“Powerless,” television’s first comedy set in the universe of DC Comics, premieres at 8:30 p.m. Thursday on NBC, set at a subsidiary of Wayne Enterprises, the conglomerate owned by Bruce Wayne.
“Powerless” stars “High School Musical” alumna Vanessa Hudgens as the newly hired director of research & development for Wayne Security, which specializes in products that make defenseless bystanders feel a little safer in a world where humanity must cope with the collateral damage of battles between superheroes and super villains.
The company is run by Van Wayne (Alan Tudyk), a cousin of Bruce Wayne, who is “constantly trying to achieve that dangling carrot of getting a job in the Gotham office,” executive producer Patrick Schumacker said.
“We sort of saw the Waynes kind of like … the Rockefellers,” executive producer Justin Halpern said at last month’s Television Critics Association Winter Press Tour. “You have people who run the company and then you have a bunch of … hangers on. It’s a big field of nepotism.”
“Powerless” will make reference to the high-profile DC Comics characters, like Batman and Superman, but they won’t be seen, Schumacker said.
The original setting of “Powerless” was an insurance company that sold policies covering people suffering collateral damage from battles involving superheroes, Schumacker said.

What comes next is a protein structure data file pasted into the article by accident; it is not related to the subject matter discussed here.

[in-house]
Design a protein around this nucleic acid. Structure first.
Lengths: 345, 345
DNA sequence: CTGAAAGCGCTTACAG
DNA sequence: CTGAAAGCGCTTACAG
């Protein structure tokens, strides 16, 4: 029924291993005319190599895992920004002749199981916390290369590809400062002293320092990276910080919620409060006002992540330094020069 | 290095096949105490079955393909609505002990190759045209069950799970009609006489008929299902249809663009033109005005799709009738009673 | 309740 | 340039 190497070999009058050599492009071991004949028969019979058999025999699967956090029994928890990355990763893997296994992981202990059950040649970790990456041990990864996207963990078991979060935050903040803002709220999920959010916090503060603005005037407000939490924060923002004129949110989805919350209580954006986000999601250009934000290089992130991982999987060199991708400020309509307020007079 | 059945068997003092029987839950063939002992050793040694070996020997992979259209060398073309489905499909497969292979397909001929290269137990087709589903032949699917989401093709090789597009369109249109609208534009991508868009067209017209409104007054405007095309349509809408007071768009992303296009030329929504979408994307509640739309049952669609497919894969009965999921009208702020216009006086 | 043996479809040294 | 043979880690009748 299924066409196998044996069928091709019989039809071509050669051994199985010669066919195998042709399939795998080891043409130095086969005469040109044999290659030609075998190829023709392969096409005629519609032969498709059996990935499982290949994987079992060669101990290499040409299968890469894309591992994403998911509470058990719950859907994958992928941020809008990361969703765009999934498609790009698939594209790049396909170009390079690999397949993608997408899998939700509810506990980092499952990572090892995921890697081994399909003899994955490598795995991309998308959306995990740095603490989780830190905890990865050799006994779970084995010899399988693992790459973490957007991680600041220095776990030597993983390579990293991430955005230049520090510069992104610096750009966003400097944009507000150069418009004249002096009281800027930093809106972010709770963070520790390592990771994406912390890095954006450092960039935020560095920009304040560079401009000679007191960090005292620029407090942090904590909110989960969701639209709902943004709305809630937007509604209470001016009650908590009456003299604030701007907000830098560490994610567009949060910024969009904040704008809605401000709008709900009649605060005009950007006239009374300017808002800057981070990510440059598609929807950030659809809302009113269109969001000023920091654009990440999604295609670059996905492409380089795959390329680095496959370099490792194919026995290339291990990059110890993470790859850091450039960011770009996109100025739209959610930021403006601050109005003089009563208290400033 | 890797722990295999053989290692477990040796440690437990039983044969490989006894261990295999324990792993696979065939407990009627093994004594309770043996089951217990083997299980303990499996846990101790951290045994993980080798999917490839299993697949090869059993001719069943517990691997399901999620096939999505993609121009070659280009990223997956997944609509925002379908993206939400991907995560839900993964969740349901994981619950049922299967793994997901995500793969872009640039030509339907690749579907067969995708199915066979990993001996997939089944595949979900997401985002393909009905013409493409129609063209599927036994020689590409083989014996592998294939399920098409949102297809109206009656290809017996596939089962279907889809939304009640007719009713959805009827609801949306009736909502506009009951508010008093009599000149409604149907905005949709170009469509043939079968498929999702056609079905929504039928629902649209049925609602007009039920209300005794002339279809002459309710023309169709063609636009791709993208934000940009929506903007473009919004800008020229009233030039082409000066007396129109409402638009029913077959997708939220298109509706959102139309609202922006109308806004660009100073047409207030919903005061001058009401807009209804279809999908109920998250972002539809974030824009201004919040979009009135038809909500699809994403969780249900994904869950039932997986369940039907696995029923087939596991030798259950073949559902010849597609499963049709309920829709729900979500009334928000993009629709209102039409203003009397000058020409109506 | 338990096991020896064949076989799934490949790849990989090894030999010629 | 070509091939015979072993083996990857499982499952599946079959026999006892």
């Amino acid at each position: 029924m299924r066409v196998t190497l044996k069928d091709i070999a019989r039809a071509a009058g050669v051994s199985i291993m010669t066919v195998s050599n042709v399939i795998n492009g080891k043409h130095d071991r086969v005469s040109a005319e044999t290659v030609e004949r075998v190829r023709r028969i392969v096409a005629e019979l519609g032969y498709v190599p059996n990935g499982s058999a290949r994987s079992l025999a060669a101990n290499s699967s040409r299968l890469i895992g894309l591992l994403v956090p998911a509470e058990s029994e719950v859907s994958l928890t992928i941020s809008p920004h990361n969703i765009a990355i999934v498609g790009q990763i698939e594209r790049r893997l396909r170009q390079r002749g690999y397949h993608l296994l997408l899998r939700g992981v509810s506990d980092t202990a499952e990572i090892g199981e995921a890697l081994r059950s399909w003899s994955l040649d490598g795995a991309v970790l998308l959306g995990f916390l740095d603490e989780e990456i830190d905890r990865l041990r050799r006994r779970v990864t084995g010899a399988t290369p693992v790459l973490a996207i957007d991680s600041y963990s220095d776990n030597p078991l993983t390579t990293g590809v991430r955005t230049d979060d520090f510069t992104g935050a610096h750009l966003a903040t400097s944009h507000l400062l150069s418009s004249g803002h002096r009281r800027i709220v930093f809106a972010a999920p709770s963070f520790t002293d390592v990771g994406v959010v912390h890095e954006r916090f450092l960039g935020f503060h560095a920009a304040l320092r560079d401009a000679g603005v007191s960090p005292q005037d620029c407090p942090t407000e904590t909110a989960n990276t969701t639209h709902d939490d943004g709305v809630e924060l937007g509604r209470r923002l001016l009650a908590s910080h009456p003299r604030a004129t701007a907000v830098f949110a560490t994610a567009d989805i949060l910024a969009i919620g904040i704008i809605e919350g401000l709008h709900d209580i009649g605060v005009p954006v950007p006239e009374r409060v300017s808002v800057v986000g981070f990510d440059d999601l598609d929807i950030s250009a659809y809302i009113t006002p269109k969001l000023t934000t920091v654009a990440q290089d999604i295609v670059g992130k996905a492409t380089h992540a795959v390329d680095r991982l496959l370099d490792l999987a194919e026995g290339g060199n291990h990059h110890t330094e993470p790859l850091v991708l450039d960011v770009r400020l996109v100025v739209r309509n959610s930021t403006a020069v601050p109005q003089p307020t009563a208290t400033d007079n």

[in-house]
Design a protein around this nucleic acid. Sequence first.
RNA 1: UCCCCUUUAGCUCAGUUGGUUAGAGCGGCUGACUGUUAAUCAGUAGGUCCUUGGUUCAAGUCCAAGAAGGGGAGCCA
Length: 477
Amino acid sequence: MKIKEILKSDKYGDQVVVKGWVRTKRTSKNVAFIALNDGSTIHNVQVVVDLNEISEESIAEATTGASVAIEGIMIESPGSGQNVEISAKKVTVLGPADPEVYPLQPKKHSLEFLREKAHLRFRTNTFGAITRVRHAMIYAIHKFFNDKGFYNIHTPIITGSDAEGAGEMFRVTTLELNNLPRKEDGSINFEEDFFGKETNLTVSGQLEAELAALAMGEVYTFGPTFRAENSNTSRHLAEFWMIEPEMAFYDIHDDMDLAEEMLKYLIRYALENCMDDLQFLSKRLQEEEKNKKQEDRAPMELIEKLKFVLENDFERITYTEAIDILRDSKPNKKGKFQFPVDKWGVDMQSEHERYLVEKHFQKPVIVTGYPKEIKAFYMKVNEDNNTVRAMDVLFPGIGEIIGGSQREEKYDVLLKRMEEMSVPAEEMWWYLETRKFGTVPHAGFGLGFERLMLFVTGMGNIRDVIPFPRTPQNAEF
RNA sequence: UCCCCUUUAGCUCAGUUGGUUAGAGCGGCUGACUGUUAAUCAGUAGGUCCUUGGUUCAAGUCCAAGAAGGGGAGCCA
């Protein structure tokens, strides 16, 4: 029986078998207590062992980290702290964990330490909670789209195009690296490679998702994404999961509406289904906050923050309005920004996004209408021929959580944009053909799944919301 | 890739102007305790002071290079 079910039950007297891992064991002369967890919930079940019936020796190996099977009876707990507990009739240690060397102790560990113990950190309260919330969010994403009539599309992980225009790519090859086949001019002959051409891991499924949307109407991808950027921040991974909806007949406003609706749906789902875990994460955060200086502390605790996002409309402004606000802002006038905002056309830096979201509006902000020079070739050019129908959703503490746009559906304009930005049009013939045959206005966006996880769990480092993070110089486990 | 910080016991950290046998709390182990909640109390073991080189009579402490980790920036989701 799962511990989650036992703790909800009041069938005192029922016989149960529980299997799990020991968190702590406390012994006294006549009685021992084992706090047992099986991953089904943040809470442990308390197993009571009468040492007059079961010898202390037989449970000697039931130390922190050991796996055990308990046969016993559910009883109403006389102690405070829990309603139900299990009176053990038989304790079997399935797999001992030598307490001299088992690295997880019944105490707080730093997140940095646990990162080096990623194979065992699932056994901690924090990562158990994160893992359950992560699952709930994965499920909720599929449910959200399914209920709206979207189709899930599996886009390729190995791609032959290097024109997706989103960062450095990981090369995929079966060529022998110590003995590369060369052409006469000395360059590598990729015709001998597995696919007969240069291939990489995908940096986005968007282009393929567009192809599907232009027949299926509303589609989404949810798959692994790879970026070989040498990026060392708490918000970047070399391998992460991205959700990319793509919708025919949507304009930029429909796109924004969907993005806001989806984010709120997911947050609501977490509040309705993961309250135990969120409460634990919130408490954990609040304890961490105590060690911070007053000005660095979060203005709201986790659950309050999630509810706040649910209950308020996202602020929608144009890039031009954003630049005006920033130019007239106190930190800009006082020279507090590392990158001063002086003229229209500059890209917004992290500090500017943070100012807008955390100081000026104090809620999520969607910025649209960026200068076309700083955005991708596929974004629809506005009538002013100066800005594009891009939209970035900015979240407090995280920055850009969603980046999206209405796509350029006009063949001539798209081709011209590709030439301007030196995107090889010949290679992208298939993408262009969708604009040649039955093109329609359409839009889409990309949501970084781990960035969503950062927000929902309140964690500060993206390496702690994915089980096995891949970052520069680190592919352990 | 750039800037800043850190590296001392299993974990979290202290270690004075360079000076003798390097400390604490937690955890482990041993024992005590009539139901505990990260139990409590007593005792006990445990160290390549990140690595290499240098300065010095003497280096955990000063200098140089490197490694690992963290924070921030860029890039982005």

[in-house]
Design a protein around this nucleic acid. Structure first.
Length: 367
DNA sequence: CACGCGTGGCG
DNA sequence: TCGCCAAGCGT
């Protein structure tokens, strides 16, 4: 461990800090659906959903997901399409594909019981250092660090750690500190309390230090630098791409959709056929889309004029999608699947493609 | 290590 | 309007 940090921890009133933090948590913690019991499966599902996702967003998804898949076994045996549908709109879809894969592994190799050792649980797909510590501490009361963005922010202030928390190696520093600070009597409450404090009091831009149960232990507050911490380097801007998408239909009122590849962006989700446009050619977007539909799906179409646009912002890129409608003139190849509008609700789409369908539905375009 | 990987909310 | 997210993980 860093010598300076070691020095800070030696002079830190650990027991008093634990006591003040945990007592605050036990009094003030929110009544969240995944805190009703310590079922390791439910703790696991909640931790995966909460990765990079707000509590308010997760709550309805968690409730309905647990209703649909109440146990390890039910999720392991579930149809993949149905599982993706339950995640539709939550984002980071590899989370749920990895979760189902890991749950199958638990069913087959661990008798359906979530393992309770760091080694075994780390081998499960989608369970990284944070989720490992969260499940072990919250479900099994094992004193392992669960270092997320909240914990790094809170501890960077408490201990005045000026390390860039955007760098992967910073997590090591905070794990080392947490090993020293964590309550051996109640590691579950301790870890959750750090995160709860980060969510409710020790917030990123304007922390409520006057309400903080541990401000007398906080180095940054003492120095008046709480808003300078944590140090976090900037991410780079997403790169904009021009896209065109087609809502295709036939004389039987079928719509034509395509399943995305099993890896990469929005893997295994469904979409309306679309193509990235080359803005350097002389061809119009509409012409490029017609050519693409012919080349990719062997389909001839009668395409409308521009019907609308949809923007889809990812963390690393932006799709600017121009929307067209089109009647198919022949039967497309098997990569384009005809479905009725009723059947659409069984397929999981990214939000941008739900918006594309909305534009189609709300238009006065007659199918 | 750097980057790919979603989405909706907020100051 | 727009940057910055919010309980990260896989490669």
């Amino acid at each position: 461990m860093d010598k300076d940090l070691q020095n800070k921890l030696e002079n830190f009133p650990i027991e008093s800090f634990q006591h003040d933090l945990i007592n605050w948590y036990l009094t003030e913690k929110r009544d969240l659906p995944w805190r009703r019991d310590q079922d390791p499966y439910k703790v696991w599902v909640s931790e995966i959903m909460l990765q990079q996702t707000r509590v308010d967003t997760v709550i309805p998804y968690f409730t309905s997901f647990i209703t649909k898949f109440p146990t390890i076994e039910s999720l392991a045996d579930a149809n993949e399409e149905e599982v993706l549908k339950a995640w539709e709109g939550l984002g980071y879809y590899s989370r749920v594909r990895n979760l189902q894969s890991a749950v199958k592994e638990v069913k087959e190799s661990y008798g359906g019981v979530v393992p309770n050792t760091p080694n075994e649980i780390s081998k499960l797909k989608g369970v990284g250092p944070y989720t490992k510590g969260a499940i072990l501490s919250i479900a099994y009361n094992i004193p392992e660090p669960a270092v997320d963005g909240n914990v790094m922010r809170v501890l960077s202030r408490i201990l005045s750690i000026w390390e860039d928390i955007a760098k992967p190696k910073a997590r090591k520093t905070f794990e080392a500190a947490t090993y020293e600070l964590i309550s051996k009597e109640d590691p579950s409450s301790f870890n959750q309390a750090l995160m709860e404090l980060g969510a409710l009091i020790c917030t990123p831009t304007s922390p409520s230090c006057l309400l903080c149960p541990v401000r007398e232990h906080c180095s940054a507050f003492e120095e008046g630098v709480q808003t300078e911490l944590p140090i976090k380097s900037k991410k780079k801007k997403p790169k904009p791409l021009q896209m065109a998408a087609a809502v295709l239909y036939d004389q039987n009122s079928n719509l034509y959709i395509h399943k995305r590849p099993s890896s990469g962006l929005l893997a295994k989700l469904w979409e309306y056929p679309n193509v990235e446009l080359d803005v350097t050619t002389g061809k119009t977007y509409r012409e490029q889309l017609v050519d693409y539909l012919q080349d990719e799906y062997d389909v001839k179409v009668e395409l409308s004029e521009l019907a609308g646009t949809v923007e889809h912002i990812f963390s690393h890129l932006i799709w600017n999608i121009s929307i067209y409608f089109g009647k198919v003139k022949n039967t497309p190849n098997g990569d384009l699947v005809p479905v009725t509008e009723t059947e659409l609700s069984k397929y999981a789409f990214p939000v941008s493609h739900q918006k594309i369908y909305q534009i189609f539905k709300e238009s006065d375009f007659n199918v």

A pilot with that premise was shot in March and the series was ordered by NBC.
“What we found it was difficult to articulate what insurance people do and we could only rely on interpersonal stories,” Schumacker said. “Not a lot of people understand insurance, including the writing staff.
“We ended up in a place where the sort of victory for the team in an insurance world was actually kind of screwing people over, so we wanted to go do something that was a little bit more obviously heroic and not really morally complex.”
A series of meetings with executives from Warner Bros. Television and NBC ensued. The revised premise came from an approximately two-hour meeting with DC Comics President and Chief Creative Office Geoff Johns. The episode airing tonight was shot in November, Schumacker said.
Subsequent episodes will tell stories “that really do have a lot of emotional content underneath the comedy,” Schumacker told City News Service.
“Justin and I are not inclined normally to get into the emotional state of things. We’re more joke guys (who write) funny stories,” said Schumacker, who like Halpern was a producer on the ABC comedy “Cougar Town,” the CBS comedy “$#*! My Dad Says,” The CW horror series “iZombie” and the Fox comedy “Surviving Jack.”
“Working with NBC and what they want to do with their brand (has) brought us to a place where I think we’ve been able to synthesize the emotion with the comedy.”
—City News Service
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